CenterLink and Movement Advancement Project’s LGBT Community Center Survey Report gathered data from 79 LGBT centers from across the nation, finding that they collectively served more than 1.7 million people last year.
William Way was one of the oldest in the nation and boasted longer hours, more space and larger staffs and volunteer bases than many similarly situated organizations. While the agency’s revenue was a bit below the national average, the organization relies on more diversified and stabilized means of income.
Although the center’s staff did not include as much diversity as other organizations, the agency was found to serve a diverse cross-section of the city’s LGBT community with a broad range of programs and services.
“Largely, the survey shows that our community center is one of the stronger in the United States,” said center executive director Chris Bartlett. “The strategies put in place over many years here are reaping benefits financially and programmatically and have allowed us to fulfill our mission of meeting the needs of the Philadelphia LGBT community.”
The center, founded under another name in 1974, is older than most centers. The L.A. Gay and Lesbian Center is the oldest, having opened in 1969, but more than half of the agencies were founded since 1990.
William Way is one of just 13 percent of the centers surveyed that owns its building outright. More than half of the agencies rent their property, and another quarter owns with a mortgage.
“The fact that we own our building gives us tremendous security,” Bartlett said. “But it’s also symbolically important to say that we own our own piece of property that represents the LGBT community in the city. Our community should expect stability after so many years of [predecessor] Penguin Place moving from location to location. To be able to say that we are firmly and stably located at 1315 Spruce St. is very significant.”
William Way’s building came out in front in terms of space, with 29,000 square feet — the average large center offers 17,000 — and hours of accessibility, open an average 68 hours per week, topping the average 50 hours of the rest of the agencies.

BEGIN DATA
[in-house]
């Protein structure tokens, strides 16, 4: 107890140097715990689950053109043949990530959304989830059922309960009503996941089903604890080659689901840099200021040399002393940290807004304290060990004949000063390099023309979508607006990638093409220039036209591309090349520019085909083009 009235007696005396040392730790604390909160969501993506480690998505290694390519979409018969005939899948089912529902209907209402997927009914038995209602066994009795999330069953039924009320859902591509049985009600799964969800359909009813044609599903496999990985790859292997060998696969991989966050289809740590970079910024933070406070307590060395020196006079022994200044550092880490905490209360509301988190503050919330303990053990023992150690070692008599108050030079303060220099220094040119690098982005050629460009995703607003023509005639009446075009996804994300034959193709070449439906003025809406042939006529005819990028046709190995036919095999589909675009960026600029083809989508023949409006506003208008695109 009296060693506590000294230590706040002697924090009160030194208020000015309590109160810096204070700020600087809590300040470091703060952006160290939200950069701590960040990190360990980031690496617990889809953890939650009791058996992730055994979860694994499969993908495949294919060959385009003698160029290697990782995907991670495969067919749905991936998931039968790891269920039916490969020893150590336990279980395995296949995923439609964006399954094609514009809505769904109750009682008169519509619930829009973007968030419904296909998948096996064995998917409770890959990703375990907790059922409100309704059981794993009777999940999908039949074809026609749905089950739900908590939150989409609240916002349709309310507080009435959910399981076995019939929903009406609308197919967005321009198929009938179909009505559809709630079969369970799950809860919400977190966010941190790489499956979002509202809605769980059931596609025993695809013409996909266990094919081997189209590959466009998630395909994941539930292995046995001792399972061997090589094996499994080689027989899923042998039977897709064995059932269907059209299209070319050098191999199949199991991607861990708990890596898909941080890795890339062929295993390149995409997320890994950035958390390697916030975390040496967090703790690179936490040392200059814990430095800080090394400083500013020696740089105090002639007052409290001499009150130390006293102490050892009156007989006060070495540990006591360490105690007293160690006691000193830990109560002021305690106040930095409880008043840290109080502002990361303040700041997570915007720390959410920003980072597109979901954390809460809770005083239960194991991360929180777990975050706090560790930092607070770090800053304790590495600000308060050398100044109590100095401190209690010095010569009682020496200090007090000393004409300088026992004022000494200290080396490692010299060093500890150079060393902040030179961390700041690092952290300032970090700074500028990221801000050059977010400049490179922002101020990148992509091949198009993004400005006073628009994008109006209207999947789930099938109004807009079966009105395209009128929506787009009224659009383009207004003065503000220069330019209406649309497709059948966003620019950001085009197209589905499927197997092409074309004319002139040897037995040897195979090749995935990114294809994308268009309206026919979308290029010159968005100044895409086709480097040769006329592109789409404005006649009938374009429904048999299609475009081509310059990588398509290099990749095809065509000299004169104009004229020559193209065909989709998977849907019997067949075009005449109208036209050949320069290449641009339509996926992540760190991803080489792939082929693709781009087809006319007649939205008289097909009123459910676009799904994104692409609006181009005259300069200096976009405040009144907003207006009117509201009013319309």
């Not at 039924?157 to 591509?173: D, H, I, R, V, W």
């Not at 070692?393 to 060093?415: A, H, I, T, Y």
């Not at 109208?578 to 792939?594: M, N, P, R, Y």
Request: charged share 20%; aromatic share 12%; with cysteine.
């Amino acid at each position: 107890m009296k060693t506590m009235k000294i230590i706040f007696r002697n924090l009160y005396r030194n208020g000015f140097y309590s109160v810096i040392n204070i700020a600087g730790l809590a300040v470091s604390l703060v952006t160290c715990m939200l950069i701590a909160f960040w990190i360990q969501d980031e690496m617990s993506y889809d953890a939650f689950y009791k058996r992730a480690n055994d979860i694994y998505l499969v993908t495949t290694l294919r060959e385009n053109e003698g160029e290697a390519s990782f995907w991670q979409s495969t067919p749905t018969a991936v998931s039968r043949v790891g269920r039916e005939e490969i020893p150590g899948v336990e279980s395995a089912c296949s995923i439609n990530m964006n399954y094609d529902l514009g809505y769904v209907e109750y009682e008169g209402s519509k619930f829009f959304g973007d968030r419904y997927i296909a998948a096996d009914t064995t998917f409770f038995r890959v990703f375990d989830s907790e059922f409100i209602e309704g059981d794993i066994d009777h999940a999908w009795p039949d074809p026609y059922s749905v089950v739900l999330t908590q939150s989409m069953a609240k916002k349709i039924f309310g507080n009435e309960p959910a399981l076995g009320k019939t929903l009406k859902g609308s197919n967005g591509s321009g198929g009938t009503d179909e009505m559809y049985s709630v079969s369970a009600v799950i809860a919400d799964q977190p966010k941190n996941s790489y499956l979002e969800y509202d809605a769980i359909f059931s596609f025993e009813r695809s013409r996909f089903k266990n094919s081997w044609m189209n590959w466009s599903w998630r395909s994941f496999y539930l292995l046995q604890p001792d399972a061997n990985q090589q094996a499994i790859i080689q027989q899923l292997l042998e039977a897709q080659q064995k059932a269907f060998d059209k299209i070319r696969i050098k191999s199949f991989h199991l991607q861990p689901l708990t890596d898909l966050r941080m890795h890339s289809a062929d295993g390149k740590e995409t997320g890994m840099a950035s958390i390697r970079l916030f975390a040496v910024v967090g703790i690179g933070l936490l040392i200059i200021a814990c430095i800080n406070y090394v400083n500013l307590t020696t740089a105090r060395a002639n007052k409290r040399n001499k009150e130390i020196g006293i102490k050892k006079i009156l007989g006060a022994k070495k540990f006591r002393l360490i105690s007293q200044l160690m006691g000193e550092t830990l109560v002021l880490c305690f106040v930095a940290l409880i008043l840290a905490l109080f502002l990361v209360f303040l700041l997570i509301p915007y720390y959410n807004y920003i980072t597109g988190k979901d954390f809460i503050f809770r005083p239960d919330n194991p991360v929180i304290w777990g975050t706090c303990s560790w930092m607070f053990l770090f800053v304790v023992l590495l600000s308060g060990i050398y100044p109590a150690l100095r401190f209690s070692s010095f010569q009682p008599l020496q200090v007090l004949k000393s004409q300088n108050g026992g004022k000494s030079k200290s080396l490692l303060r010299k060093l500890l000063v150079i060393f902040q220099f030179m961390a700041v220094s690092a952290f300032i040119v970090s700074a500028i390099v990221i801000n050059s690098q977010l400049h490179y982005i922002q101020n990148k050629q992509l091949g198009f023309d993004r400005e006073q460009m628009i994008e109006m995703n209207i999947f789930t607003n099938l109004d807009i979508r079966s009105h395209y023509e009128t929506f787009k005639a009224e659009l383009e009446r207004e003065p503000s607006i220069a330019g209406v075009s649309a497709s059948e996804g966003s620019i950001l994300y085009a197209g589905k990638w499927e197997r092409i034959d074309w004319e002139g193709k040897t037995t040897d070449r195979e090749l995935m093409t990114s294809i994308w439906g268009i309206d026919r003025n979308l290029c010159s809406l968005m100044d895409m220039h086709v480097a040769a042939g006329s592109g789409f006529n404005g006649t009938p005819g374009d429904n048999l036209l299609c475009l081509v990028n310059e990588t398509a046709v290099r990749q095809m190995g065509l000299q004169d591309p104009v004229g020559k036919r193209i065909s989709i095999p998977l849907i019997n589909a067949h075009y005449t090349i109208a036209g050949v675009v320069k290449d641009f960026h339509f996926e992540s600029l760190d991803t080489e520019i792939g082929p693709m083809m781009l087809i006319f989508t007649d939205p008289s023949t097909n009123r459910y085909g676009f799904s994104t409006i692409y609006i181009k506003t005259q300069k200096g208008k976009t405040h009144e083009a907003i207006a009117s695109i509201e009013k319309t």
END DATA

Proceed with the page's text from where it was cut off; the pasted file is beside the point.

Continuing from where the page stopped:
Nearly all large centers offer computer services, more than half of which are through the David Bohnett Cyber Center Program, as is William Way’s. The local center provides 11 computers, compared with the average eight at other Bohnett centers, and two printers, as opposed to one at other agencies.
Nationally, about 370 people visit Bohnett centers monthly, although William Way reported about 200 people per month.
Most centers saw an increase in expenses from 2010-12 — about a 19-percent jump on average — marking a turnaround from the previous survey two years ago that found sharp drops in spending. William Way’s expenses jumped from $835,816 in 2010 to $887,337 the following year, but the 2012 budget predicts $772,655 in expenses.
The center’s 2012 budgeted expenses are lower than the average $1.5 million (which excludes the L.A. center) that large centers reported; however, the revenue is also less.
William Way reported an increase in revenue from $783,399 to $837,177 between 2010-11, accounting for an approximately 7-percent increase, compared with the average 13-percent growth in revenues of the other agencies.
Last year, the large centers on average brought in $1.5 million each.
Bartlett noted that many of the other centers receive funding for HIV services, which the center doesn’t offer.
“When the HIV/AIDS dollars were split up in Philadelphia 15-20 years ago, William Way wasn’t around that table,” he said. “A lot of other centers have HIV/AIDS programs and get a lot of government funding for them, and we don’t. That’s both a plus and a challenge.”
Nationally, large centers relied most heavily on government grants, which comprised 46 percent of their revenue in 2011, followed by individual donations, fundraising and foundational support.
However, William Way’s largest revenue stream last year was bequests, which comprised about 24 percent of total revenue, with about 20 percent from in-kind contributions. Both of these categories amounted to just 2 percent each of the revenue of the other agencies.
Government support accounted for just 1 percent of its revenue last year. The center’s 2011 remaining revenue came from — largest to smallest — rentals, individual donations, foundational support, fundraising and program income.
While Bartlett said the center is interested in pursuing more government support, its reliance on non-governmental sources is vital.
“I’m on the board of CenterLink and when I have conversations with my peers, they have a lot of envy that we have such a strong individual-donor base,” Bartlett said. “Individuals tend to be much less fickle than the government and foundations, and they’re more reliable over decades, where foundations and government sources often change year to year. It’s great that we have such strong support from our individual donors, but the LGBT community in Philadelphia also has the right to expect government support for these services, so that’s something we’re committed to improving.”